According to a study done by Florida State University, couples who made a habit of having “angry but honest” conversations tend to be happier in the long run. (Photo Credit: Adrianna Radice/Achona Online/Piktochart)
According to a study done by Florida State University, couples who made a habit of having “angry but honest” conversations tend to be happier in the long run.

Photo Credit: Adrianna Radice/Achona Online/Piktochart

Academy Students Reveal Their Love Languages

February 13, 2019

As the season for Valentine’s Day approaches, the idea of love and companionship is one heavily discussed by all different variations of people, creating an atmosphere which focuses heavily on the intimate relationships people share with their loved ones. With this in mind, it is important to remember that navigating relationships at any point in life can be a stressful task, and without truly knowing oneself, it can be hard to confidently give yourself to another individual.

It is for this very reason that Dr. Gary Chapman, a counselor and author, wrote his book “The 5 Love Languages: The Secret to Love that Lasts,” in order to express his opinion on how to best maintain a healthy  relationship.

Chapman’s theory consists of the idea that there are five core love languages, and everyone expresses and best receives love according to these languages at various degrees depending on that person’s own personal dynamic. These languages include “Words of Affirmation,” “Quality Time,” “Physical Touch,” “Receiving Gifts,” and “Acts of Service.”

Each of these languages obviously suggests something different about what that one person prefers within a relationship, and thus, it is meant to better help individuals know themselves and their partners so that they may better communicate.

So what do the individual languages mean?

Words of Affirmation: Chapman describes this language as being one which is predicated on the idea of uplifting words, compliments, and reassurances which in turn comforts the individual receiving them.

Quality Time: Those who speak the language of “Quality Time” flourish when giving and receiving undivided to attention to and from their partner, respectively.

“I got “Quality Time,” I was surprised by it because I would have expected words of affirmation instead of that just because I’ve always been someone who values words,” says Gabby Boyd (‘19). 

Alexa Fredericks (’20) said “My number one was “Quality Time,” with a score of eight. This is not very surprising to me. Along with this, I usually spend my weekends or free time preparing for the upcoming school week instead of spending that spare time with friends and those I love. Since my Quality Time was ranked highest and I have no free time, this would probably explain why I am single.”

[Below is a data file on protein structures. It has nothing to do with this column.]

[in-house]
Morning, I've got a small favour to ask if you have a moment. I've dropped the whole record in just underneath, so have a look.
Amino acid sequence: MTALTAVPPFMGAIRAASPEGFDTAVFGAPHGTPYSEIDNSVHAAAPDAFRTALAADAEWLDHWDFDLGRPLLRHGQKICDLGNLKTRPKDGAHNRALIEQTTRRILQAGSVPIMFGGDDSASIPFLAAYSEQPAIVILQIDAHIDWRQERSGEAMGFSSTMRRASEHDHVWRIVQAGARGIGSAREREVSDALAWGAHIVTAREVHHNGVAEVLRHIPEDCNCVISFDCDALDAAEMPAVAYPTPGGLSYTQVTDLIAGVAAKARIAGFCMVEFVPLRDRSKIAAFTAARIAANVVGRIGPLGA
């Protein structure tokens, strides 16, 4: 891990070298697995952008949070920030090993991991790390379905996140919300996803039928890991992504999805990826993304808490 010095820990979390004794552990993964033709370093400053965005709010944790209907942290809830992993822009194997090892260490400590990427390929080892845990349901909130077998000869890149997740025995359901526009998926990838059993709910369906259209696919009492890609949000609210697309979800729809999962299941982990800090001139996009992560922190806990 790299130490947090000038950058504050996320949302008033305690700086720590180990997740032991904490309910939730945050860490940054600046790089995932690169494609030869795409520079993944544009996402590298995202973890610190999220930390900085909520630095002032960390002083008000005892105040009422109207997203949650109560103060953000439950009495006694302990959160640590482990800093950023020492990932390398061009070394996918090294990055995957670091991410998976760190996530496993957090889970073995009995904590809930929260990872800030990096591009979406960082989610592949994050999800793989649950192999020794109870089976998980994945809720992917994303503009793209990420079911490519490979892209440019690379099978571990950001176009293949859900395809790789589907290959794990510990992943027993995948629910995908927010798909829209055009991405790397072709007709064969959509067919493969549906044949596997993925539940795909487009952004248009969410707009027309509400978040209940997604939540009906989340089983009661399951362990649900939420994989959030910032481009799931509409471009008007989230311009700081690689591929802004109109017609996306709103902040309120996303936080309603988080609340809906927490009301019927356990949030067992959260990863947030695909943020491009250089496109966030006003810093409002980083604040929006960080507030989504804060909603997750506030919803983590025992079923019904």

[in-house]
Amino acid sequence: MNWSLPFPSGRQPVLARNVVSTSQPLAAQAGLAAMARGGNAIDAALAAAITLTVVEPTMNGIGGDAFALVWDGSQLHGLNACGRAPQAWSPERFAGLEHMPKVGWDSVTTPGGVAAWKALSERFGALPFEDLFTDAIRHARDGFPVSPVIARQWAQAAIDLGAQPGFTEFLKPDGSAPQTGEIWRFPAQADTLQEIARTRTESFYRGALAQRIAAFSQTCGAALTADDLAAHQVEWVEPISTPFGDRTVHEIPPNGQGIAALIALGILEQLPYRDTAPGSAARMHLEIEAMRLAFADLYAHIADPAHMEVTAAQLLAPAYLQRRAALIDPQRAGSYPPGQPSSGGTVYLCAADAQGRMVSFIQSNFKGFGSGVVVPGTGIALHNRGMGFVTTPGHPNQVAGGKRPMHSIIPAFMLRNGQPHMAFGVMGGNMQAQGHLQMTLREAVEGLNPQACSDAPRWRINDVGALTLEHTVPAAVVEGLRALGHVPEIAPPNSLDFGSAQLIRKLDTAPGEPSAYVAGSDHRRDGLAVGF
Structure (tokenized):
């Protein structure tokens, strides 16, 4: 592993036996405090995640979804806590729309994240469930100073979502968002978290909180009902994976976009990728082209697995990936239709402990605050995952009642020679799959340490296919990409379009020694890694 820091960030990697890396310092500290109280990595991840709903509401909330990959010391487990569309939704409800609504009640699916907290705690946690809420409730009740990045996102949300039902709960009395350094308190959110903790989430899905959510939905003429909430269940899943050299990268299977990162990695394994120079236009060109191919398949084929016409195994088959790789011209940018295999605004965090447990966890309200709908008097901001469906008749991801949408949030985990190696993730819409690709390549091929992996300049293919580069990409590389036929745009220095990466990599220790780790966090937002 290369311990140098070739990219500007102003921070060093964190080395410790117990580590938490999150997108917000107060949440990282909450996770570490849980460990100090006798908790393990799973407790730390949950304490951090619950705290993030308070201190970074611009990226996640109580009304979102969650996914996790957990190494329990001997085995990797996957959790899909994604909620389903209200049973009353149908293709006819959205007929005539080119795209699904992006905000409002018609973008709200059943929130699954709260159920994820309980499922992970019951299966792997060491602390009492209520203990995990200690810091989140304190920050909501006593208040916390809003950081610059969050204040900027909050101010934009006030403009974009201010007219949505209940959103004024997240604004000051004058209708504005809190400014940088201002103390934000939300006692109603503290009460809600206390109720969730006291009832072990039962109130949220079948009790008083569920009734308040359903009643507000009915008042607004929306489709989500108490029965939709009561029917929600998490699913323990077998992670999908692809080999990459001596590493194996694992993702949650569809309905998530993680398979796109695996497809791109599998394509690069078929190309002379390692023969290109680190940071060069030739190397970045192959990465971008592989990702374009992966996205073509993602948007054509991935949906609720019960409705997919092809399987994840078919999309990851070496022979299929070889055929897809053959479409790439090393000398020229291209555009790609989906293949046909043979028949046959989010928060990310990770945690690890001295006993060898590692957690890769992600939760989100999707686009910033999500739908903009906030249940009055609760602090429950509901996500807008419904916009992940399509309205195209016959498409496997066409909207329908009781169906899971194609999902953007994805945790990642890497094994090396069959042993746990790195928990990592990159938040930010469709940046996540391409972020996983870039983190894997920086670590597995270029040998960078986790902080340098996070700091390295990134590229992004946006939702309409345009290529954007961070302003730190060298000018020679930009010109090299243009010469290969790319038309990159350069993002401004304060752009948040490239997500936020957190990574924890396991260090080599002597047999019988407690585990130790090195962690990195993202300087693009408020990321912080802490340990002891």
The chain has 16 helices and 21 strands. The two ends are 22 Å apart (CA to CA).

Physical Touch: “Physical Touch” is probably one the most well known forms of expressing one’s love. Those whose primary love language consists of “Physical Touch” will most likely find themselves reaching for their partners hand or simply seeking out contact from their partner at random times because this is how they receive their emotional reassurance.

“I got “Physical Touch.” Personally, I just love being able to comfort someone or greet someone I haven’t seen in a while with a hug. To me, that just shows how much a person really values you and how much you value them,” says Sarah Munera (’20).

Receiving Gifts: Though many of the love languages are rooted in the idea of giving to one’s partner, whether it be words, affection, service, or time, those who value the act of “Receiving Gifts” the most are more involved in the idea of sentiment and thought. These individuals value the idea that their partner was thinking about them enough to get them a physical embodiment of that feeling.

Acts of Service: Those who communicate their love through “Acts of Service” value the idea that their partner would go out of their way to do something helpful for them without the need to ask. These individuals would feel most pleased when the dishes were done for them when they got home, or perhaps their partner picked up some groceries they knew the other needed. It is a language which is predicated on the effort and thought which goes into helping a partner.

Amelia Cuttle (’21) said, “Getting “Acts of Service” wasn’t very surprising to me. I think that it was a good representation of what I thought I would get, honestly. Looking at the other options, I don’t think another one would of have been more accurate. I think the concept of the quiz is interesting, but I don’t know it’s really possibly to identify someone’s “Love language”, as I think it can be many different things.”

“I liked the quiz because it made me think for a minute: would I really prefer a gift or be able to spend time with someone. I feel the results people give just really tell a lot about their character and what they value,” says Sarah Munera (’20). 

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